There’s a good reason for this. Digital reproduction is just way too easy, and no technical measure can ever successfully stop it. Copy-protection schemes such as the rather euphemistically named Digital Rights Management are ineffective in their very nature. There is no technical way to stop someone from making copies of anything he likes. In order for a song or a movie to play, it has to be read by the computer. And the moment it is readable, it can be written as well. Copying is inevitable. It’s just that simple.

The major distributors and publishers are being forced to find other means to maintain their historical control on the production and dissemination of creative works. Their popularisation of the word ‘piracy’ has had an unfortunate rebound effect, wherein responsible people resent file copying being equated with rape, pillaging and plunder, and many youth proudly flaunt the title, even to the point of creating International Talk Like a Pirate day, when people are encouraged to speak like characters from a Robert Louis Stephenson potboiler.

The proposed legislation in the UK and its copycat counterpart in Australia would require Internet Service Providers, or ISPs, to suspend or even terminate the account of people suspected to have repeatedly downloaded unauthorised music and video files. Apparently, their experience with the fruitless wave of lawsuits in America has taught the recording industry that they shouldn’t be seen to be policing this area themselves.

The proposed legislation won’t work, unfortunately, for technical, ethical and moral reasons.

First off, trying to put technical limits on what can and cannot be freely copied futile. If a file can be read, it can be copied, and if it can’t be read, it’s useless to anyone. Limiting distribution is also an impossible task. There is absolutely no way to tell whether you’re sharing unauthorised copies of files without watching everything you do on the Internet – and that would be an unwarranted and egregious violation of your privacy.

But even if such a legal precedent were allowed, it would still be trivially easy for someone to hide their activity using encryption technology. They could practice misdirection by transferring the files via shared computers located overseas. Or they could simply disguise the traffic to make it look like they’re downloading from a website or mail server. There’s already one Russian service in existence that is promising exactly that.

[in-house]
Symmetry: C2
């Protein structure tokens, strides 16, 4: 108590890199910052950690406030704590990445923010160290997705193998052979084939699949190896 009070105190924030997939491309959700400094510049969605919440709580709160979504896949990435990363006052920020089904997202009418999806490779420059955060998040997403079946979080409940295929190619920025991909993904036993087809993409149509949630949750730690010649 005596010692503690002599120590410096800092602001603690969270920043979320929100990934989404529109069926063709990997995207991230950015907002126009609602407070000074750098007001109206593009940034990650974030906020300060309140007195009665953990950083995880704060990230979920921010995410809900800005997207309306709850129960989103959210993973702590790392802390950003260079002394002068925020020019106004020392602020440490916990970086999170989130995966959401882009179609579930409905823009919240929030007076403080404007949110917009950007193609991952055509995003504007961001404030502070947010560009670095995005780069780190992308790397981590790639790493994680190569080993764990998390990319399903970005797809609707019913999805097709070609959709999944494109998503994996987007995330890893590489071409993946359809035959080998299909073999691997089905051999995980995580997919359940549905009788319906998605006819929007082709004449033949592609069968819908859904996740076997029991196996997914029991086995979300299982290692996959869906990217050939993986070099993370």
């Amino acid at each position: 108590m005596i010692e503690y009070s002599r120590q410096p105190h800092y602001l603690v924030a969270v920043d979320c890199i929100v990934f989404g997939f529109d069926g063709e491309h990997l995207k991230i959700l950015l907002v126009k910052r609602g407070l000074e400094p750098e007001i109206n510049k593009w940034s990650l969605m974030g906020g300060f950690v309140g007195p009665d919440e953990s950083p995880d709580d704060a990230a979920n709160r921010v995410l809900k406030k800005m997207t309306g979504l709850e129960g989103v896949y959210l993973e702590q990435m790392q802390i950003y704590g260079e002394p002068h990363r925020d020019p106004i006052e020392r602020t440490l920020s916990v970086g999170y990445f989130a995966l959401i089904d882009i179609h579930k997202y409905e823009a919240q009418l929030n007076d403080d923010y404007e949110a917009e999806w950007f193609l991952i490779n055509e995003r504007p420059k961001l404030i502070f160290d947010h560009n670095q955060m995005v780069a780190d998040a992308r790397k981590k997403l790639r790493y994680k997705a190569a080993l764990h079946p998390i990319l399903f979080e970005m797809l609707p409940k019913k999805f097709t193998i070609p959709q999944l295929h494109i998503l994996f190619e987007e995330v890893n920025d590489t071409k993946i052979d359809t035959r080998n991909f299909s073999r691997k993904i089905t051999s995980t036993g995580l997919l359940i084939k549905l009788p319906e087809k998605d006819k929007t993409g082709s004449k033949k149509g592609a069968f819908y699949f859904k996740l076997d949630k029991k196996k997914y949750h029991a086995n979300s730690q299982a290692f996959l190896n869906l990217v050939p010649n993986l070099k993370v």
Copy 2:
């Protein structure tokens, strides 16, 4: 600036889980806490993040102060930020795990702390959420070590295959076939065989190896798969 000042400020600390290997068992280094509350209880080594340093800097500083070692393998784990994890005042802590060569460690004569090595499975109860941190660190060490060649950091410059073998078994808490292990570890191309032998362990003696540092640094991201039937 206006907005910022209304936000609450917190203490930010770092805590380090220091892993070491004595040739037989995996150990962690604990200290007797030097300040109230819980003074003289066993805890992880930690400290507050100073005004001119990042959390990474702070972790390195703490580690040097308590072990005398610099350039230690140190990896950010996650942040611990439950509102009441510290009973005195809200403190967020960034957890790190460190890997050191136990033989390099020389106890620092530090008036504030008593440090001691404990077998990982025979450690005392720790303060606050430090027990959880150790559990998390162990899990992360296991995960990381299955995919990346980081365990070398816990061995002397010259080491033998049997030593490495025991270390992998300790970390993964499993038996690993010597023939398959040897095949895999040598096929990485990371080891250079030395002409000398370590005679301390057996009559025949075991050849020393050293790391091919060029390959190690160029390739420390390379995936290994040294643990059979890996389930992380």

There is no technical or legislative solution to the sharing of illegal content. Every measure introduced to curb this kind of activity has acted as nothing more than a temporary inconvenience to those determined to copy files. Worse, it’s made it more difficult for people to take advantage of any number of legitimate uses of file sharing.

A digital copy costs next to nothing to create. And when I give a copy to my friend, I still get to keep the one I’ve got. This means that digital music and video is effectively free to obtain. It is not, of course, free to produce. It’s cheaper than ever it was, but it’s still a long way from free.

This represents a tremendous threat to those who have traditionally controlled the production and distribution of creative works. It also provides a revolutionary opportunity to independant artists the world over and to those in traditionally marginal markets. Artists who might only sell a copy or two in any particular record store are realising decent profits by marketing and selling their work to a global audience on the Internet. Many bands are being signed by clubs and promoters based on the support shown by the size of the following on their MySpace websites.

File copying should be encouraged, not punished. At the same time, we need to find ways to recognise the value of every artist’s contribution to society. There’s no easy way to do so, either. Respect can’t be legislated, regulated or applied coercively through threat of litigation. It arises organically, based on a sense of the common good.

People in Vanuatu know more about respect than most. Every important tabu has been preserved as much by the willing compliance of the people as by any overt threat of force. As more and more of Vanuatu’s kastom is captured and stored on computer, we’ll have to work hard to ensure that it continues to be revered and respected by all who view it, no matter how widely it’s shared.